BioMed Research International 07/2014; 2014:126961. DOI:10.1155/2014/126961 · 3.17 Impact Factor
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    • "HCM is the most common cause of SCD among young individuals and competitive athletes [12]. Recent genetic studies have revealed that mutations in MYL2 are more common than previously reported (for review see [13] [14]) and in just the past few years, new MYL2 mutations have been identified [15] [16], with some detected multiple times and in different ethnic populations (Fig. 1A) [17] [18]. This report focuses on the Lysine 104 → Glutamic acid mutation in MYL2 (Lys104Glu) identified in a Danish family, with the proband diagnosed with HCM at the age of 17 years [18] [19]. "
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    ABSTRACT: We have examined, for the first time, the effects of the familial hypertrophic cardiomyopathy (HCM)- associated Lys104Glu mutation in the myosin regulatory light chain (RLC). Transgenic mice expressing the Lys104Glu substitution (Tg-MUT) were generated and the results compared to Tg-WT (wild-type human ventricular RLC) mice. Echocardiography with pulse wave Doppler in 6month-old Tg-MUT showed early signs of diastolic disturbance with significantly reduced E/A transmitral velocities ratio. Invasive hemodynamics in 6month-old Tg-MUT mice also demonstrated a borderline significant prolonged isovolumic relaxation time (Tau) and a tendency for slower rate of pressure decline, suggesting alterations in diastolic function in Tg-MUT. Six month-old mutant animals had no LV hypertrophy; however, at >13months they displayed significant hypertrophy and fibrosis. In skinned papillary muscles from 5-6 month-old mice a mutation induced reduction in maximal tension and slower muscle relaxation rates were observed. Mutated cross-bridges showed increased rates of binding to the thin filaments and a faster rate of the power stroke. In addition, ~2-fold lower level of RLC phosphorylation was observed in the mutant compared to Tg-WT. In line with the higher mitochondrial content seen in Tg-MUT hearts, the MUT-myosin ATPase activity was significantly higher than WT-myosin, indicating increased energy consumption. In the in vitro motility assay, MUT-myosin produced higher actin sliding velocity under zero load, but the velocity drastically decreased with applied load in the MUT vs. WT myosin. Our results suggest that diastolic disturbance (impaired muscle relaxation, lower E/A) and inefficiency of energy use (reduced contractile force and faster ATP consumption) may underlie the Lys104Glu-mediated HCM phenotype.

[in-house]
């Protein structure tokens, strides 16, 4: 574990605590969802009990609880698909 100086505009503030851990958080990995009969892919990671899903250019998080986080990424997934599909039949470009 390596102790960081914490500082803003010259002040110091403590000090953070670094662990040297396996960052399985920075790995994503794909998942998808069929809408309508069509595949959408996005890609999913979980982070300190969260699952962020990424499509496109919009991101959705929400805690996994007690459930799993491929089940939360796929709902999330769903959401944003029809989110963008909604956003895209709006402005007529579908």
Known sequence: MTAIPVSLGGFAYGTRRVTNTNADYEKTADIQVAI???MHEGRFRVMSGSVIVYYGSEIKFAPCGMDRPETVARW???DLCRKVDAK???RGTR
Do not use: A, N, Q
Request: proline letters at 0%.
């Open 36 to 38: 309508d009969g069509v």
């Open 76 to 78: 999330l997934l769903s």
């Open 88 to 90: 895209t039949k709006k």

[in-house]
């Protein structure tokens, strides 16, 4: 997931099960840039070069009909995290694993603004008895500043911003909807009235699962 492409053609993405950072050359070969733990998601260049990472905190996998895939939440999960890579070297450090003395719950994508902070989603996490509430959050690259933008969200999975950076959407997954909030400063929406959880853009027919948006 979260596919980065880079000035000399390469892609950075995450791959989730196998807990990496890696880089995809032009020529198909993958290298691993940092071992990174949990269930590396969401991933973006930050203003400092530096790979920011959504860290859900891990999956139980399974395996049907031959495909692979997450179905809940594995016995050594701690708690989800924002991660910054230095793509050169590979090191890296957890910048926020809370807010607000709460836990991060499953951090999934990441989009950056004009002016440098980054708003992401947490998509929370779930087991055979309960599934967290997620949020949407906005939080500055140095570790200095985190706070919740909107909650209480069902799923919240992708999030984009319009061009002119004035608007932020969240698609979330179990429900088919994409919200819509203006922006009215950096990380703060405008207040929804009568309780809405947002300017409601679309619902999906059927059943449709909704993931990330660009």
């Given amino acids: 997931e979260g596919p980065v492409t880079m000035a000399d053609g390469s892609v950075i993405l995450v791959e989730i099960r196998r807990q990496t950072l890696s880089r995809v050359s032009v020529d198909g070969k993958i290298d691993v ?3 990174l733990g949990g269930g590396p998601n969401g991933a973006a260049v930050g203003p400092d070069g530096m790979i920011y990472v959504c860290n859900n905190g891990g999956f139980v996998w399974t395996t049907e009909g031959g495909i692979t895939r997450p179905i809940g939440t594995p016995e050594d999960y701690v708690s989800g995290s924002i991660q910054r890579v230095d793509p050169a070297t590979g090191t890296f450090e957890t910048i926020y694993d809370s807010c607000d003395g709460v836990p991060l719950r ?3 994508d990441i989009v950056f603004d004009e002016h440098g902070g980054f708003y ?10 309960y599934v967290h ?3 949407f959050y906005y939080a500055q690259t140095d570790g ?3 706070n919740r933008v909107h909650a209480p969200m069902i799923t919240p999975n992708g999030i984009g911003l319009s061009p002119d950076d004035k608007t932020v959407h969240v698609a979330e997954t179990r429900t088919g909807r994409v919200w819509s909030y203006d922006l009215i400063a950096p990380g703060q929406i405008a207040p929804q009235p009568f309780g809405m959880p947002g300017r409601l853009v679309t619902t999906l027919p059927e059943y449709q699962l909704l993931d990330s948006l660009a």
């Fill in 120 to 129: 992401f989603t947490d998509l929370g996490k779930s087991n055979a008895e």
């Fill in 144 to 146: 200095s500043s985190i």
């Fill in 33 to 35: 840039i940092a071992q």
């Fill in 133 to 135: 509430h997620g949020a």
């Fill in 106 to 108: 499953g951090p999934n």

Journal of Molecular and Cellular Cardiology 06/2014; 74. DOI:10.1016/j.yjmcc.2014.06.011 · 4.66 Impact Factor
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    • "The phenomenon of PAP may be explained by changes that occur on muscular level and more particularly by the phosphorylation of myosin regulatory light-chains. The myosin molecule consists of six subunits, two heavy and four light chains (Szczesna, 2003). Each heavy chain contains the head and a tail and each pair of light chain consists of an essential light chain and a regulatory light chain. "
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    ABSTRACT: The responsible mechanisms for post-activation potentiation have been a popular research issue during the past years. One commonly mentioned mechanism is the force enhancement via phosphorylation of myosin regulatory light chains, which affects the sensitivity of the actin - myosin to Ca2+. An alternative factor that could contribute or affect post-activation potentiation could be of neural nature. The increase in motor neuron excitability and the recruitment of more motor units could lead to higher rate of force development. H-reflex has been used to investigate possible neural adaptations during post activation potentiation. Methodological considerations and conflicting results have appeared due to different applied methods, which are discussed. Clearly, there is a need for further studies to support or reject the hypothesis of neural contribution to the occurrence of post-activation potentiation phenomenon.